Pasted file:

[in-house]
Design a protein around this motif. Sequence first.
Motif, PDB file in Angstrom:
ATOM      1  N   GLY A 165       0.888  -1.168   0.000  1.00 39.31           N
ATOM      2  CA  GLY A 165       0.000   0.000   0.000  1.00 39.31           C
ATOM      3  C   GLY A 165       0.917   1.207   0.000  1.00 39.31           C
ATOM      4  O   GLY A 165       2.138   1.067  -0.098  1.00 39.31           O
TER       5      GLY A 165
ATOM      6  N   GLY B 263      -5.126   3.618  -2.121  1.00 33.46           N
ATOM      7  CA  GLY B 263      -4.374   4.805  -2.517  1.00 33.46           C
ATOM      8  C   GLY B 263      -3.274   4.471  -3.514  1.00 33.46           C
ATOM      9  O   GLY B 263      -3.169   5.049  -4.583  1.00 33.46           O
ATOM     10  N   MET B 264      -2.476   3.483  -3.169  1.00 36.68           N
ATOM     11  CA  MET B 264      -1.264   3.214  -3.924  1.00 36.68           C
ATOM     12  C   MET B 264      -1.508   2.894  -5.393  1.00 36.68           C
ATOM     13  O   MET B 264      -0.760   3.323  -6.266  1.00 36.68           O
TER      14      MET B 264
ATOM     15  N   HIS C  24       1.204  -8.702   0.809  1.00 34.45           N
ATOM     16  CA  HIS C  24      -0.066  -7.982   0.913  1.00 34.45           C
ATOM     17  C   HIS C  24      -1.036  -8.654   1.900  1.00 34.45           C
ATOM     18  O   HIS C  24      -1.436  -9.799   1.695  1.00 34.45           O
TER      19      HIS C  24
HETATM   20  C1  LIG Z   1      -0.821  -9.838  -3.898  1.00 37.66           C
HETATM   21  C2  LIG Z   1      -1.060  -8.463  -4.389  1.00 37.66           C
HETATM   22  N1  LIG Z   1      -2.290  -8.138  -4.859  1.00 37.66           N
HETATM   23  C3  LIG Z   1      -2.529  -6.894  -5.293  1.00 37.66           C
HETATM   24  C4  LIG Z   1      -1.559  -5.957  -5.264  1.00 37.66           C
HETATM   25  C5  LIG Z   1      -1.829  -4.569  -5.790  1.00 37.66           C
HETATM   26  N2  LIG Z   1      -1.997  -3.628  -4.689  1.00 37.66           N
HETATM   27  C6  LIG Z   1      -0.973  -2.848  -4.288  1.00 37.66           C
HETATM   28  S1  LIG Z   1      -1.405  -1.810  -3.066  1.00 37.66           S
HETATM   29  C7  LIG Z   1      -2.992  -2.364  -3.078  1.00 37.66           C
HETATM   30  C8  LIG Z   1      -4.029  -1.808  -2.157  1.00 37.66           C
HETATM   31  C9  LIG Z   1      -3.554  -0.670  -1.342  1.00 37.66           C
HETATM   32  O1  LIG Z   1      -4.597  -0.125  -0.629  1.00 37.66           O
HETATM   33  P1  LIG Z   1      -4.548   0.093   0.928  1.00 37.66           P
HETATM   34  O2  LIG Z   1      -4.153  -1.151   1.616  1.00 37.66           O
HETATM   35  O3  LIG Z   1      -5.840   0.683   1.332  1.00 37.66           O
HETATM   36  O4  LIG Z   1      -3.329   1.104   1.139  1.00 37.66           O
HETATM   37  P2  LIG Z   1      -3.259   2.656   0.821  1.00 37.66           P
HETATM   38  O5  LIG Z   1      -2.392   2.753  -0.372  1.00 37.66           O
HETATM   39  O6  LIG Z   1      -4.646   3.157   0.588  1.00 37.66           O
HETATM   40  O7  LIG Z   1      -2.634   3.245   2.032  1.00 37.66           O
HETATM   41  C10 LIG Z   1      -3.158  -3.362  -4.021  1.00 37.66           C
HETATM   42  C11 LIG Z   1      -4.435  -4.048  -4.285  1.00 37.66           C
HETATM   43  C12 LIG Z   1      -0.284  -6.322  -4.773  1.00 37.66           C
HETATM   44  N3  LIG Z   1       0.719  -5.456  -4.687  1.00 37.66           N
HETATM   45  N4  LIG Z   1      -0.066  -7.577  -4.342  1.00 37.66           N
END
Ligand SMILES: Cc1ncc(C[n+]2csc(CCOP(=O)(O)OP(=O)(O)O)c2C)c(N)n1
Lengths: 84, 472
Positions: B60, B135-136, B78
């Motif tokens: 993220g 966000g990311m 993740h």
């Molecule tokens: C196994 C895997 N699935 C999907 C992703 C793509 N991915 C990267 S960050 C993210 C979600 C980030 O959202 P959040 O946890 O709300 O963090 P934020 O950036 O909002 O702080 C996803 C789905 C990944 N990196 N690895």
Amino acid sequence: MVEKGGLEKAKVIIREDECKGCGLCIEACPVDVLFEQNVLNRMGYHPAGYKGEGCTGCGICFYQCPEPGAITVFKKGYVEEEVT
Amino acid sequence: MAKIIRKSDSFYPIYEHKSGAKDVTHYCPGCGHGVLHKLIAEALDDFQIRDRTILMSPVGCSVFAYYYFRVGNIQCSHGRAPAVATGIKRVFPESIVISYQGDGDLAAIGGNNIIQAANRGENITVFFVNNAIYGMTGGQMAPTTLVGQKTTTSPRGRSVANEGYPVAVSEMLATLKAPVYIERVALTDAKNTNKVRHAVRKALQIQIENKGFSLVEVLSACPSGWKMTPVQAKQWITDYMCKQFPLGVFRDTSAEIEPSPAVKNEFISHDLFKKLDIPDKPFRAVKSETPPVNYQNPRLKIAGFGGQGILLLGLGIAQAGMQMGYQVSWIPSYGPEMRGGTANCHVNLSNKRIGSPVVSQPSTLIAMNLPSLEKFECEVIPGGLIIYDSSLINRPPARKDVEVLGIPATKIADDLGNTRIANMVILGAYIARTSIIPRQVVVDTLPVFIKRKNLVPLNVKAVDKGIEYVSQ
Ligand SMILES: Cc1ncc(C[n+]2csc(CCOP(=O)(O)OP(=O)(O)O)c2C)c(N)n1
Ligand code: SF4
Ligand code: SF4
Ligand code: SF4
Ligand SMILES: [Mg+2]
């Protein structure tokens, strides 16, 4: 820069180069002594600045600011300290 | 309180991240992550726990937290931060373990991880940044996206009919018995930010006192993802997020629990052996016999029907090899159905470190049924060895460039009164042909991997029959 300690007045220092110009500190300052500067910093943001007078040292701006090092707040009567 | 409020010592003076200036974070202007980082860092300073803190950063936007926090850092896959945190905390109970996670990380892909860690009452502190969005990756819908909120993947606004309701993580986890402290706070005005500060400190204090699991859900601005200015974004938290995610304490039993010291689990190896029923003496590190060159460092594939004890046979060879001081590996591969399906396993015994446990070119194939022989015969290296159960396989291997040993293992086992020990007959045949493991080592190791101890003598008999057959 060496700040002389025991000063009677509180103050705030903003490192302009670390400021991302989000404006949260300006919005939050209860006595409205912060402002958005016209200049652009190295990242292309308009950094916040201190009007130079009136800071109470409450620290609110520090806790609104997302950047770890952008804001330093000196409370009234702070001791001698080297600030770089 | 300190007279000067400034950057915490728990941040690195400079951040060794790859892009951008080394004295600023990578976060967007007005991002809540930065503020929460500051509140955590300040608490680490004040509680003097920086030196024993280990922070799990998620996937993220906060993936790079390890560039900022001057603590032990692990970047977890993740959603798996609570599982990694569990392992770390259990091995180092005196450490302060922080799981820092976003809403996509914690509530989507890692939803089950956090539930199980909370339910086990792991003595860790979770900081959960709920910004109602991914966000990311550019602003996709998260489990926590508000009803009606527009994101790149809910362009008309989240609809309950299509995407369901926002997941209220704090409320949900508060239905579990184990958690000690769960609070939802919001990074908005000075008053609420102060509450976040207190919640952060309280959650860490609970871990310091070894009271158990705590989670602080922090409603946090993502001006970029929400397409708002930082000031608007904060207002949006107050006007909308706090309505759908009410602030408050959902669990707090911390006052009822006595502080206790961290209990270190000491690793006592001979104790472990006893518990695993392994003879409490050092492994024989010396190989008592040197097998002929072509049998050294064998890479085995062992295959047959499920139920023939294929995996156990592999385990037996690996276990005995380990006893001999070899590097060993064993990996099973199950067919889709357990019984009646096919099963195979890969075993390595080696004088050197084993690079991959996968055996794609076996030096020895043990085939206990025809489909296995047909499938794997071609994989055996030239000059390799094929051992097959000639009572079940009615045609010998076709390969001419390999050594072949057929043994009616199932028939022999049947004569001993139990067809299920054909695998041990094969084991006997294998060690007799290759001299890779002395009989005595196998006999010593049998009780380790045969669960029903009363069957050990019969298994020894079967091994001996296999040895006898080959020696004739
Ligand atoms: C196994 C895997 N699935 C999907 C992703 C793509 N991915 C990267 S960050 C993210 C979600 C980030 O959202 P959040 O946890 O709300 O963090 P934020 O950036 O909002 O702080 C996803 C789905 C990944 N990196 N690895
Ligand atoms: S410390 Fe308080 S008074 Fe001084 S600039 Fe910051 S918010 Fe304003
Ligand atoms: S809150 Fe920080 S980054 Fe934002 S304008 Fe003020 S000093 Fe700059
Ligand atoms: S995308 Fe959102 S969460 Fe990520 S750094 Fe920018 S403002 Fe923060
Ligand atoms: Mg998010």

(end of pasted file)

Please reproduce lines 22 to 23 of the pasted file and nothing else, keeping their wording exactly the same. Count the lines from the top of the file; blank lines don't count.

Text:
TER      19      HIS C  24
HETATM   20  C1  LIG Z   1      -0.821  -9.838  -3.898  1.00 37.66           C